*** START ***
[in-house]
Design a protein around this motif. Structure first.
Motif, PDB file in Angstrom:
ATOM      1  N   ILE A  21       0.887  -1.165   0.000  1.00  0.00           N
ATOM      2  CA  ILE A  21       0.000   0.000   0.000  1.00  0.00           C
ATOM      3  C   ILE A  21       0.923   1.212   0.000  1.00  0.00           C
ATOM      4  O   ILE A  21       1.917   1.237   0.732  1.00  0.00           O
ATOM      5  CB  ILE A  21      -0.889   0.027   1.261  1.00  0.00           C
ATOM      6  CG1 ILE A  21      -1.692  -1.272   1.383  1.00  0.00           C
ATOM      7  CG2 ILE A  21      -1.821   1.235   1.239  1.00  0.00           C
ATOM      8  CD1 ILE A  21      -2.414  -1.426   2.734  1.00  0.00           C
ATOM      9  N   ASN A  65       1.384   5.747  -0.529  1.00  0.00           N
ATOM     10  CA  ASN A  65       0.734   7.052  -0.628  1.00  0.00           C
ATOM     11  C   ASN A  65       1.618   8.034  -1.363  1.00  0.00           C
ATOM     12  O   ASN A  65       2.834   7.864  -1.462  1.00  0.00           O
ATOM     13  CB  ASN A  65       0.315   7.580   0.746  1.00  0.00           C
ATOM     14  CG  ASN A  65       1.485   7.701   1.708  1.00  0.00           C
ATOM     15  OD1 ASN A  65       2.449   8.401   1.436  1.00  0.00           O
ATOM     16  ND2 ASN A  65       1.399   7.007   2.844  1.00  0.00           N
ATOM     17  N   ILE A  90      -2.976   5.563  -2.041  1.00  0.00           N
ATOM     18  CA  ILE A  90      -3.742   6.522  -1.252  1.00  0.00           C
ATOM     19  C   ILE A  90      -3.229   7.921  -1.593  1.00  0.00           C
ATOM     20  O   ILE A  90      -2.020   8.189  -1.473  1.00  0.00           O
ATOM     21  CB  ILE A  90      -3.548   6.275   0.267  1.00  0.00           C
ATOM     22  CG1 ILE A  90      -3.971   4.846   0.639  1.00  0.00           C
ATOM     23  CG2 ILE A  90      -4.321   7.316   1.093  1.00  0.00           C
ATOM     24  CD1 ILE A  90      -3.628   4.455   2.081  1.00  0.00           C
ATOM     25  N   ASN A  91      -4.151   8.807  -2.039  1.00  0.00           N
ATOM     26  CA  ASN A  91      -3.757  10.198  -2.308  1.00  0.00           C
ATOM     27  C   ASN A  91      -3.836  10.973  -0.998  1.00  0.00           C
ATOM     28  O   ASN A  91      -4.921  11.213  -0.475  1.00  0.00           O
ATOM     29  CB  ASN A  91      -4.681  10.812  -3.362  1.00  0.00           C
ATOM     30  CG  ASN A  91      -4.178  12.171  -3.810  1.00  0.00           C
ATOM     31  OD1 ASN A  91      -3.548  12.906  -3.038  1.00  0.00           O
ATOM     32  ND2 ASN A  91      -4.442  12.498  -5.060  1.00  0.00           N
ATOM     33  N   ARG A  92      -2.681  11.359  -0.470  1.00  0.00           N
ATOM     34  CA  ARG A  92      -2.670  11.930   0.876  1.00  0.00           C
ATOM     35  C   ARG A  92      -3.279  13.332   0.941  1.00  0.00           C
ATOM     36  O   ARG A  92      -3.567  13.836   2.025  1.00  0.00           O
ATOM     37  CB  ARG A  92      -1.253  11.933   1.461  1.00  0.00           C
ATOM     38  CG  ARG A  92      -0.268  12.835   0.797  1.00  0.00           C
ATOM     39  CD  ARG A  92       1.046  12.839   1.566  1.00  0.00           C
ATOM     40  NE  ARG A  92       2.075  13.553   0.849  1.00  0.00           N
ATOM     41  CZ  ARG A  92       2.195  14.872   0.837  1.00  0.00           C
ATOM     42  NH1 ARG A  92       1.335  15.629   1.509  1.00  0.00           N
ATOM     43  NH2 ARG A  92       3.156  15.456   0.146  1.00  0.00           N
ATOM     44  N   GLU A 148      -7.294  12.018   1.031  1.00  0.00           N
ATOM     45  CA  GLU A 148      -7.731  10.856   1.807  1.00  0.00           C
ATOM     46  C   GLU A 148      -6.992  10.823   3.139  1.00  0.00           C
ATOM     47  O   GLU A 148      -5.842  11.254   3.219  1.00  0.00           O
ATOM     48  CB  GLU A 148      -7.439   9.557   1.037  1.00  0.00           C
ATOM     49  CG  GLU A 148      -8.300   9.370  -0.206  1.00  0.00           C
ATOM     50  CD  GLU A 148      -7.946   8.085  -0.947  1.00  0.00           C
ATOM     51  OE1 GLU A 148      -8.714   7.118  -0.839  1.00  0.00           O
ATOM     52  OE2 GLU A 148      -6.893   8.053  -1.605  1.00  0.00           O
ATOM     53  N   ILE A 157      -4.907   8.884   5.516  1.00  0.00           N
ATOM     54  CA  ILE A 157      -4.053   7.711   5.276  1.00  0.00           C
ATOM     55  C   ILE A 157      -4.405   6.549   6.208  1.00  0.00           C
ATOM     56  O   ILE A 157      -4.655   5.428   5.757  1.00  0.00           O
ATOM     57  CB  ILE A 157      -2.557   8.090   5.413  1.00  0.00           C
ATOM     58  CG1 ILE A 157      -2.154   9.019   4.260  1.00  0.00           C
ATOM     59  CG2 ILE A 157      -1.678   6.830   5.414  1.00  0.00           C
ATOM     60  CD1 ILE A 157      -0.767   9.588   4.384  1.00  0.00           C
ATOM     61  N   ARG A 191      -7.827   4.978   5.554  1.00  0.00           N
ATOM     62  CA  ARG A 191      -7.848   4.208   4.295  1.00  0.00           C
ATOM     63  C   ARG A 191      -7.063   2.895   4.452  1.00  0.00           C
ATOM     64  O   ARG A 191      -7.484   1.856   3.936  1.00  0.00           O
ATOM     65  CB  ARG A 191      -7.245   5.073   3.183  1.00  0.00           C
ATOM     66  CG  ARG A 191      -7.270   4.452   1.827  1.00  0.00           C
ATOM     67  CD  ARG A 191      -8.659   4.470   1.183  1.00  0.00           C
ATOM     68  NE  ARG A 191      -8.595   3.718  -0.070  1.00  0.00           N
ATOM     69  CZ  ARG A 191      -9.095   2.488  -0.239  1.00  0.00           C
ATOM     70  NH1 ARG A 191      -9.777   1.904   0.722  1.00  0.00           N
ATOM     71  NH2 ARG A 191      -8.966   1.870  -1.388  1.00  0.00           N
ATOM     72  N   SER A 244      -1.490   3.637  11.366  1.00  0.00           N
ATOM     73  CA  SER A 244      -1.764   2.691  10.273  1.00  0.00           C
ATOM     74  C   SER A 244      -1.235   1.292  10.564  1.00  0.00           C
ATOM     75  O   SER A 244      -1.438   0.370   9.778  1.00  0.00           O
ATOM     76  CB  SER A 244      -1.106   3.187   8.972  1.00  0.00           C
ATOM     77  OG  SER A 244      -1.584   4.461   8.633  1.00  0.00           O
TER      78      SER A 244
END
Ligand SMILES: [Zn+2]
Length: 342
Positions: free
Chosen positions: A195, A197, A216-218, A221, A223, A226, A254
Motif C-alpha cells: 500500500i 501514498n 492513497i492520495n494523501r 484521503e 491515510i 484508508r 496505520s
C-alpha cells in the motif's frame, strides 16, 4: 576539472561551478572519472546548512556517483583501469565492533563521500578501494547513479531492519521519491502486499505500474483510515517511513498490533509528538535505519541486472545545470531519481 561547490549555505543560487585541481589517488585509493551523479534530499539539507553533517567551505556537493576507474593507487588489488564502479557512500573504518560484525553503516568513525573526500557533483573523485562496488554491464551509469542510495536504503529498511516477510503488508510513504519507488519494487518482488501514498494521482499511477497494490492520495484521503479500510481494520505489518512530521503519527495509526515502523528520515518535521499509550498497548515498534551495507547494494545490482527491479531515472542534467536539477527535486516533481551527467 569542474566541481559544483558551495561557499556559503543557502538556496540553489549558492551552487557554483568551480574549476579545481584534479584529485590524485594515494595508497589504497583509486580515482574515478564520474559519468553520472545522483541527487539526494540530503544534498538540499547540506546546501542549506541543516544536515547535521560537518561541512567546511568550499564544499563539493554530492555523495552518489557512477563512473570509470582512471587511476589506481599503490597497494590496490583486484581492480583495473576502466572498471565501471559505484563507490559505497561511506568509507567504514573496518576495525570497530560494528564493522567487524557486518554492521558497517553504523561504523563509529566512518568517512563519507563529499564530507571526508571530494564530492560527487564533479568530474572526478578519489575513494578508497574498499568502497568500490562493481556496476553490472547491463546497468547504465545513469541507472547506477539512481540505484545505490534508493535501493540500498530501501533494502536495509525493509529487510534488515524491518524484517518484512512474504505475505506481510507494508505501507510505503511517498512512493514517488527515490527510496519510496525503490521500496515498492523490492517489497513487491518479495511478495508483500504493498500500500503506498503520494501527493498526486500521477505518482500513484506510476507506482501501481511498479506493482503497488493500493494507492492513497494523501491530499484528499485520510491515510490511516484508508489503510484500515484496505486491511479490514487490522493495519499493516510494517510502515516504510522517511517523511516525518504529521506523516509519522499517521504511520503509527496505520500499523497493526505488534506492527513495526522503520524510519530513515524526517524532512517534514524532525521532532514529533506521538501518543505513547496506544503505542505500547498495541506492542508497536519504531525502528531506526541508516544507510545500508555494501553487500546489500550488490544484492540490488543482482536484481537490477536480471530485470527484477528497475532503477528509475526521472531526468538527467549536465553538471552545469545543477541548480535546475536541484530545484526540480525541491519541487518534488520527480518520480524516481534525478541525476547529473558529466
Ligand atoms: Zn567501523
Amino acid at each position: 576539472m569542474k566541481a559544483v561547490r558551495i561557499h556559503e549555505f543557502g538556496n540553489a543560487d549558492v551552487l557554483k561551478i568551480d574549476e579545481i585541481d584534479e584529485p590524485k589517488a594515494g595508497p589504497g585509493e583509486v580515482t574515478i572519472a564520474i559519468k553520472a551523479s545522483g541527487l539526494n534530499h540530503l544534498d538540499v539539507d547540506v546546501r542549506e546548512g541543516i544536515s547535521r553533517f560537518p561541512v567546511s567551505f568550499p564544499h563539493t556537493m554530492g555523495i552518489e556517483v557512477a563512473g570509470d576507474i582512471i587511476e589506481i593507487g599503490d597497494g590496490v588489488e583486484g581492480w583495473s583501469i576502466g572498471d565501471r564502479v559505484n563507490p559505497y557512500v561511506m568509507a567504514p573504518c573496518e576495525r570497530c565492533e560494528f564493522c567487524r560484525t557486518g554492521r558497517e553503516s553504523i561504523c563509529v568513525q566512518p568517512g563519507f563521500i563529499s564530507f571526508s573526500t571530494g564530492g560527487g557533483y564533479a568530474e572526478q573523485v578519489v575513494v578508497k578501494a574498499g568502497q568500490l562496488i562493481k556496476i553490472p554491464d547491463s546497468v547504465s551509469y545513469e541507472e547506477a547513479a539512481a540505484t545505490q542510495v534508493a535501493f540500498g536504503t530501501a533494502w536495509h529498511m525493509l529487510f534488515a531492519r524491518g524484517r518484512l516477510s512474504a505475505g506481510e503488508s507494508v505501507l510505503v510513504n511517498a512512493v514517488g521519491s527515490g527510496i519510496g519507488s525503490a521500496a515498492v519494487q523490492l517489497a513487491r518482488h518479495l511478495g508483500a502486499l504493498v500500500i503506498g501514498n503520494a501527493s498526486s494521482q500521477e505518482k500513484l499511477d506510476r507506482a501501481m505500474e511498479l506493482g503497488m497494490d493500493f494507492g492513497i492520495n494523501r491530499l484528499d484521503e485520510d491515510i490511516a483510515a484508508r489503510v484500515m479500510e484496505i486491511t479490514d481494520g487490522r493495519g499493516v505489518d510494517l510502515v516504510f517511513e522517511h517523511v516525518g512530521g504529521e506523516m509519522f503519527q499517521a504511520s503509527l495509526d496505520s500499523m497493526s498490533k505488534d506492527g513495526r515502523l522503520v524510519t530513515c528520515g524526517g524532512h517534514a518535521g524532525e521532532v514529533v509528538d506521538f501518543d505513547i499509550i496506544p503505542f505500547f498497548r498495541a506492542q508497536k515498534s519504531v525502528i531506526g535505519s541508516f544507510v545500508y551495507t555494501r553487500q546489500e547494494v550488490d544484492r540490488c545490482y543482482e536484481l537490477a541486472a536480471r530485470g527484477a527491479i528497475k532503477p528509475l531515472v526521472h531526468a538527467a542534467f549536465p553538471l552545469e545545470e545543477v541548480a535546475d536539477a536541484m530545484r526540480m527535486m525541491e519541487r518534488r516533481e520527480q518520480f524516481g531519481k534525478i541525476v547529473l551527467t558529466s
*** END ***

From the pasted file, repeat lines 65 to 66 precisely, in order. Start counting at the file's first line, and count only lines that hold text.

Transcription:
ATOM     62  CA  ARG A 191      -7.848   4.208   4.295  1.00  0.00           C
ATOM     63  C   ARG A 191      -7.063   2.895   4.452  1.00  0.00           C